There are also some additional optional properties that are nice to have:

  1. Common representation for queries and documents: If queries are representable in the same space as documents, then a similarity measure between the query representation and the document representation could be indicative of relevance, although this is hard to satisfy in practice if a point representation is used. The reason this property is not necessary is that in practice, we could derive a query representation from properties (3) and (4): For example, we could represent each query by a suitable linear combination of the representations of the search results from a first pass, or we can compute offline representations of past search queries using a similar trick and try to predict the representation for a new user query by learning from representations of similar past search queries. Note that conversely, we could start with query representations and derive a document representation as well.  However, a document is much richer in terms of directly available content signals than a query,  so it seems reasonable to expect more useful representations for both documents and queries by starting from document representations.
  2. Transparency: The representation should be transparent and debuggable. I know that effective embedding representations learned using neural-based models might not be as understandable, but having insight and a handle to prob the representations would help a lot to improve them.
  3. Hierarchical: Semantics for larger and larger blocks of text might be best represented hierarchically. When writing formally, the title serves as a high-level summary. Each paragraph should be self-coherent and support the root concept. Lastly, each sentence should have a single "thought." When comparing queries to documents, different granularity might serve different needs. For example, a factoid queries need to find a short trustworthy passage (maybe even a single sentence). The overall topic of the page is related, but less useful than determining if the query is satisfied (has the answer). On the other side of the spectrum, broad information seeking (like exploratory search) probably cares more about the overall topic of the page, than each support sentence.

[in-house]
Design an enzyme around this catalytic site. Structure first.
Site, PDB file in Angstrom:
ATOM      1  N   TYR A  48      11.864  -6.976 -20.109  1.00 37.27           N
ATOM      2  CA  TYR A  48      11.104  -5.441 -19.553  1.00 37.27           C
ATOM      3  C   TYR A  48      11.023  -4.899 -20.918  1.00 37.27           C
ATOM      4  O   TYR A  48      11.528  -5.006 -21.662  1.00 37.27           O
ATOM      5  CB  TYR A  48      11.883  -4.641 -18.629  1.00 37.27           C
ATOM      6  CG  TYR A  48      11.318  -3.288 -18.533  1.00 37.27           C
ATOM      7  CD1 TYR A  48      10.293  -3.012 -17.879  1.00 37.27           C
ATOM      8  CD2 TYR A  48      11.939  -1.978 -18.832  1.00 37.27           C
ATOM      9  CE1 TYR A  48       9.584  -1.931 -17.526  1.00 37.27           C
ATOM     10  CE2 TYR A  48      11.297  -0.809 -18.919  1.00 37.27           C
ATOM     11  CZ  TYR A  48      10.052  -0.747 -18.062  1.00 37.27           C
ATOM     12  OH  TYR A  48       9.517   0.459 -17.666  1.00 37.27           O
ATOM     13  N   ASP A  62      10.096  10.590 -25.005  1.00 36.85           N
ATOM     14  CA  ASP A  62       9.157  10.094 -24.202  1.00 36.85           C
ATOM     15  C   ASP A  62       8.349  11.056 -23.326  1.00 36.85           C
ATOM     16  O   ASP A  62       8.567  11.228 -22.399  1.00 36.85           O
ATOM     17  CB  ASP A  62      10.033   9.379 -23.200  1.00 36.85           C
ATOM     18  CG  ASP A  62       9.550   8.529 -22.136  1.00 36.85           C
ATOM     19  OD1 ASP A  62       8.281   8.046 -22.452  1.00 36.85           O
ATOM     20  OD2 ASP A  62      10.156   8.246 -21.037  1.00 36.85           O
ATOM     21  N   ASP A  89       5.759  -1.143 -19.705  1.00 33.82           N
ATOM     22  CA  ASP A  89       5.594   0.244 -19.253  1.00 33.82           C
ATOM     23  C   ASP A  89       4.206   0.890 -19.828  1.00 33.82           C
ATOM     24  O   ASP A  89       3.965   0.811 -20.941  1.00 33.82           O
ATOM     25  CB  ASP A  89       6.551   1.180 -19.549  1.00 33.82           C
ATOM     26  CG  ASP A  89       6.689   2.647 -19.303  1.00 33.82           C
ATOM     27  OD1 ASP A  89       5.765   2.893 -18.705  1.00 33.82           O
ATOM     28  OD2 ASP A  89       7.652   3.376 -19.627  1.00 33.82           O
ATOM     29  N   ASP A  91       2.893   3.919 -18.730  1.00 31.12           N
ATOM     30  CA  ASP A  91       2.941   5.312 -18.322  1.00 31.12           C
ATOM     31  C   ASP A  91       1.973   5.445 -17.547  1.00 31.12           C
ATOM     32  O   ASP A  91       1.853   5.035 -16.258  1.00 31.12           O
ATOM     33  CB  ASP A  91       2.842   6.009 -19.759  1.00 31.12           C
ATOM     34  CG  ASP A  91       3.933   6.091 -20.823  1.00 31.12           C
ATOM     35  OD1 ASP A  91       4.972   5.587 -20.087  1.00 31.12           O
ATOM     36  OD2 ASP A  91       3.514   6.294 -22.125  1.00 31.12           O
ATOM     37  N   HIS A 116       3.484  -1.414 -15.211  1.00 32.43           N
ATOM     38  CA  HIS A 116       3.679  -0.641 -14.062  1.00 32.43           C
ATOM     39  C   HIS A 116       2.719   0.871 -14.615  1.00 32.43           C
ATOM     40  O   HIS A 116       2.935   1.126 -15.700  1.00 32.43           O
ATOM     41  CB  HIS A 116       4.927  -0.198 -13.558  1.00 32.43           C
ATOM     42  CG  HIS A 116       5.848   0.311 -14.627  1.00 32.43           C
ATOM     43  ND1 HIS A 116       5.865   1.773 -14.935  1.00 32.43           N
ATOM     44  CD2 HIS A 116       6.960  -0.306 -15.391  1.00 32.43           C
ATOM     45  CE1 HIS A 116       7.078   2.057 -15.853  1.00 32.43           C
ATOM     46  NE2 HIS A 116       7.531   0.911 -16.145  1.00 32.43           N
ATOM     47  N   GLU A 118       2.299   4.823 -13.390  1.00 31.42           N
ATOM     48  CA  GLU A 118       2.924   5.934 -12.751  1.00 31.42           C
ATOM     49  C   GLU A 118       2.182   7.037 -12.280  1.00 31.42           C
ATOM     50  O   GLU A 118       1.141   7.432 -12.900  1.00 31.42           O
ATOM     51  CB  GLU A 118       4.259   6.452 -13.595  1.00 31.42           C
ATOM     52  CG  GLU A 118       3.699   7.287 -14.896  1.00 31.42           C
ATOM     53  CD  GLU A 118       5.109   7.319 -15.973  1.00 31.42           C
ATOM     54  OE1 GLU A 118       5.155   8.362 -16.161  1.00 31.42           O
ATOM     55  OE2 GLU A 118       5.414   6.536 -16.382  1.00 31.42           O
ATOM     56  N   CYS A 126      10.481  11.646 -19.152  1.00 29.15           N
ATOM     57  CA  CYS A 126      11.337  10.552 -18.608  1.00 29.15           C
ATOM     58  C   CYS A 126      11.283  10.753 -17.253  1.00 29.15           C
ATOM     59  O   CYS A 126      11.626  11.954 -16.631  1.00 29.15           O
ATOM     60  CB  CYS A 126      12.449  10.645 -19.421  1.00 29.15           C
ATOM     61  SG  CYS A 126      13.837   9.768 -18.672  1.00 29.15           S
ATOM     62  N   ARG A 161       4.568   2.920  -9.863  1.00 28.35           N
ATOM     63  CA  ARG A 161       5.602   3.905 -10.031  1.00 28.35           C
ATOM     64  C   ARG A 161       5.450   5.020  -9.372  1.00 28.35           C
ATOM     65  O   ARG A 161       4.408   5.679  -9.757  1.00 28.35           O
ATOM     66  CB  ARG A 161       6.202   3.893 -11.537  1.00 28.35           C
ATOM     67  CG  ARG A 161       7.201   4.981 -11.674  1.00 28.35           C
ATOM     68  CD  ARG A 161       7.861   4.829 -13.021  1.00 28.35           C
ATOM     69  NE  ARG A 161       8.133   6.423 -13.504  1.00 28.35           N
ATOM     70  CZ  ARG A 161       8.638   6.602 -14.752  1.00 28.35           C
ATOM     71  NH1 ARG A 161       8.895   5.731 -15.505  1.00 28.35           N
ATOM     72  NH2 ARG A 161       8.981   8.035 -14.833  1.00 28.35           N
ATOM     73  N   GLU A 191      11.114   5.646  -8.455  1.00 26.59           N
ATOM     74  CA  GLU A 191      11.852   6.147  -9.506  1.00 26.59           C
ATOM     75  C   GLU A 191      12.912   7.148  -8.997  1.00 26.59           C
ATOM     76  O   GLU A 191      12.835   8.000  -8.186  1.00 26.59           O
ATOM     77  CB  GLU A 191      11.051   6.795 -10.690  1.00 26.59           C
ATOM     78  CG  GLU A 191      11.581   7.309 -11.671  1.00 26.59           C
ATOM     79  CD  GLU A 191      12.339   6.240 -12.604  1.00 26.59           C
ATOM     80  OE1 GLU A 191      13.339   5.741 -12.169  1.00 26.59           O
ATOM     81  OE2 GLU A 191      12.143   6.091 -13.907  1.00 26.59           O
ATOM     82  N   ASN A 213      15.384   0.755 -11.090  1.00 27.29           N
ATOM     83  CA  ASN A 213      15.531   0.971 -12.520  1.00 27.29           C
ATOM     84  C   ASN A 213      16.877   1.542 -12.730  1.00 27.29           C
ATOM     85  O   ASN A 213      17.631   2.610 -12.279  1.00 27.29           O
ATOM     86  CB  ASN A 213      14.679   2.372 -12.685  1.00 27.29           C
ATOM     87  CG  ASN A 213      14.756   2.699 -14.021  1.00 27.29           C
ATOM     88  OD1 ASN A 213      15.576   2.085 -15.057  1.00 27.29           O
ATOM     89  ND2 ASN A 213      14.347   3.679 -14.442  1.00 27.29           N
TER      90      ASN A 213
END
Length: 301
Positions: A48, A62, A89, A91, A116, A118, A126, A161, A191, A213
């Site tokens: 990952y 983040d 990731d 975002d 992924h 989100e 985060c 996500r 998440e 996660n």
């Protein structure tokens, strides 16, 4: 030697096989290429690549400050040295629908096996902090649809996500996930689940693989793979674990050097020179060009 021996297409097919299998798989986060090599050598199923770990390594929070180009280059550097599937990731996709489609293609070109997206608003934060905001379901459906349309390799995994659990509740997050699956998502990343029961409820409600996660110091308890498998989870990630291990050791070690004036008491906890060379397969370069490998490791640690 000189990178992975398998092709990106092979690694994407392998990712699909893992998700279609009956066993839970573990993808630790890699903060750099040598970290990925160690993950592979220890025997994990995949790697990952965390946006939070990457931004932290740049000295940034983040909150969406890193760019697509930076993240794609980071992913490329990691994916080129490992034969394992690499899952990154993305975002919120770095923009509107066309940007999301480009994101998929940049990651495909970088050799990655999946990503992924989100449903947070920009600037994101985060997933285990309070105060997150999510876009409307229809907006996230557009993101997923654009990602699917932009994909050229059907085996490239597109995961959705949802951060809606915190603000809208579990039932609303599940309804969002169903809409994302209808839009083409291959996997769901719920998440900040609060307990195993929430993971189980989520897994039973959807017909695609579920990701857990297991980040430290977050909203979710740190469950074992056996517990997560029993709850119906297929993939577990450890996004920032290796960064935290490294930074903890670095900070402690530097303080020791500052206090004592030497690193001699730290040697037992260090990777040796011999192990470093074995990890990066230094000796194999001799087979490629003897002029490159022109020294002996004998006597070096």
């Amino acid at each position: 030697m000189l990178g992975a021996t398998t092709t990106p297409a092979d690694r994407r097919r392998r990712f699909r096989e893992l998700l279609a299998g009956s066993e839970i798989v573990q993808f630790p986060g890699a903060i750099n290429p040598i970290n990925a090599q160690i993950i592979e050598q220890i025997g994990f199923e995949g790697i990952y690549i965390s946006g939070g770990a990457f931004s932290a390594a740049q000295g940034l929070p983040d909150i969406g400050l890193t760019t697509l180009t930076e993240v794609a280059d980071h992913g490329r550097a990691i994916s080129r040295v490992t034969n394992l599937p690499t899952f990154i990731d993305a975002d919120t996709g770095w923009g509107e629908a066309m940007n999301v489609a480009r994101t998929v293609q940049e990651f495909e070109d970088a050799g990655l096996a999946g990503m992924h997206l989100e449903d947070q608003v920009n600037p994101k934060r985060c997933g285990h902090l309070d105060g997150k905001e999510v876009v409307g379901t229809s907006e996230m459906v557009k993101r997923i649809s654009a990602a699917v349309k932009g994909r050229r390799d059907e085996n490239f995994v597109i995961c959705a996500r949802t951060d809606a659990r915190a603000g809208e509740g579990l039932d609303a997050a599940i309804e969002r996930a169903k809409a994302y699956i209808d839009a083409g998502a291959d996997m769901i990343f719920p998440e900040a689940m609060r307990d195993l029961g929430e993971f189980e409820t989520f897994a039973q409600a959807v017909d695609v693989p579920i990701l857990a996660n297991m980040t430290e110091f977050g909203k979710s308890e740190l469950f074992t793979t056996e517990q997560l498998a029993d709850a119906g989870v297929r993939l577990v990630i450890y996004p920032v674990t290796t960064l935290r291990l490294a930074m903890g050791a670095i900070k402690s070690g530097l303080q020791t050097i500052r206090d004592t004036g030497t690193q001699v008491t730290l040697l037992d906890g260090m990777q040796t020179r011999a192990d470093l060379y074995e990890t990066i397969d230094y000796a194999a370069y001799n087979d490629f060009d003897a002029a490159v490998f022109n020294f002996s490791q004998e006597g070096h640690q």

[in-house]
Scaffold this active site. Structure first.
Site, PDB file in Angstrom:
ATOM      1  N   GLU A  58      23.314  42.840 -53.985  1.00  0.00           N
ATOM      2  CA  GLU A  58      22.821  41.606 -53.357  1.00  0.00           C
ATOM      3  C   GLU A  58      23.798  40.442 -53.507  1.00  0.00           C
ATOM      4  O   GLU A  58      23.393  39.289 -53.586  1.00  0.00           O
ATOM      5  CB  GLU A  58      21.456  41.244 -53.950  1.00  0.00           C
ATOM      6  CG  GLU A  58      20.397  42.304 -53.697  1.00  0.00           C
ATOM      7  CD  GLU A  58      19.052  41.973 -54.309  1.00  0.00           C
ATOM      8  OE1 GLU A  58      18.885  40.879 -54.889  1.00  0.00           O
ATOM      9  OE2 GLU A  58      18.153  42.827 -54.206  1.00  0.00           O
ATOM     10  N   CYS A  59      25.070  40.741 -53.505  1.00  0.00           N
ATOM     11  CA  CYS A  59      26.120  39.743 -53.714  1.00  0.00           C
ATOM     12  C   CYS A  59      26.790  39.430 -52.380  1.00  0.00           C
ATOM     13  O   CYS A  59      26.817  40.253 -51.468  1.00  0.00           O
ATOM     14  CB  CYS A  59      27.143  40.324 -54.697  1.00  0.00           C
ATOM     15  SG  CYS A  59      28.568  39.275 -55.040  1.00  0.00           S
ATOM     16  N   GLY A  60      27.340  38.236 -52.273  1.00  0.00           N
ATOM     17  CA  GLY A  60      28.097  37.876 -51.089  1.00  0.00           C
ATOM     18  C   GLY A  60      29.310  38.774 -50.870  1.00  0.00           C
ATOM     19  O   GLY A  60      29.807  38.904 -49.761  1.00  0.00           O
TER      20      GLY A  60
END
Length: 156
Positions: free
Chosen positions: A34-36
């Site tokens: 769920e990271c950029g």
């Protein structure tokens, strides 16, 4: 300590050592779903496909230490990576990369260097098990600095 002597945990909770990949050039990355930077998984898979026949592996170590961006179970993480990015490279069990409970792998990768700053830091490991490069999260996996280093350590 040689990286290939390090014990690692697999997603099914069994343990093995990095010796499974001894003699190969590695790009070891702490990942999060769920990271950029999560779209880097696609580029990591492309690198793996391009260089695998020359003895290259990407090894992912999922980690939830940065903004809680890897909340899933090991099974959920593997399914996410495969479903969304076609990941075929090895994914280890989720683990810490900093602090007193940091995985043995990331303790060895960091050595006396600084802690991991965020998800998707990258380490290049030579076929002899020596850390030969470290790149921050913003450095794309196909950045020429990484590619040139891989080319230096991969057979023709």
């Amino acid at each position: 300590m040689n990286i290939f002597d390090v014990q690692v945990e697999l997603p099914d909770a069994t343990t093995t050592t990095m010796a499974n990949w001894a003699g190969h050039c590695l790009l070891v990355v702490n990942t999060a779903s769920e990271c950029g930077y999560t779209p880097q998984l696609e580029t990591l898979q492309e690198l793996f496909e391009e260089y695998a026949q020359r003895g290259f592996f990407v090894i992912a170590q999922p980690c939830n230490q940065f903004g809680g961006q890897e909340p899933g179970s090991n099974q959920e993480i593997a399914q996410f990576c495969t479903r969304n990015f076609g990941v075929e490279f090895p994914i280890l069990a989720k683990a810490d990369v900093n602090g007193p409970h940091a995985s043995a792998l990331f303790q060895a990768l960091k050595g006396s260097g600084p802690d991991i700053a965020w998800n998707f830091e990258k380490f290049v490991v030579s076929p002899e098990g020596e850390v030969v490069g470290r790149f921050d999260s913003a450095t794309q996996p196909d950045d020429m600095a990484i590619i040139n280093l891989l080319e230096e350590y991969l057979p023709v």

4. Language agnostic: If multiple documents have the exact same semantics but are in different languages, they should probably have a similar representation.
  5. Represents more than just natural language: In web search, where documents are more than text, i.e. they have structure, they include images, etc. we should be able to cover them with a similar representation.

I think it makes sense to have the aforementioned properties in mind while we are trying to learn representations for documents and assess the learn representations in terms of not only the improvement in the final results, but to which extent they satisfy these properties.
In another post, I have discussed "document understanding for information retrieval", which would be a great target to aim while we are thinking about document representation.

  1. Cosine similarity is an exception as its inverse is not a true distance measure, but it has been shown to be tremendously useful for measuring the similarity in many representations.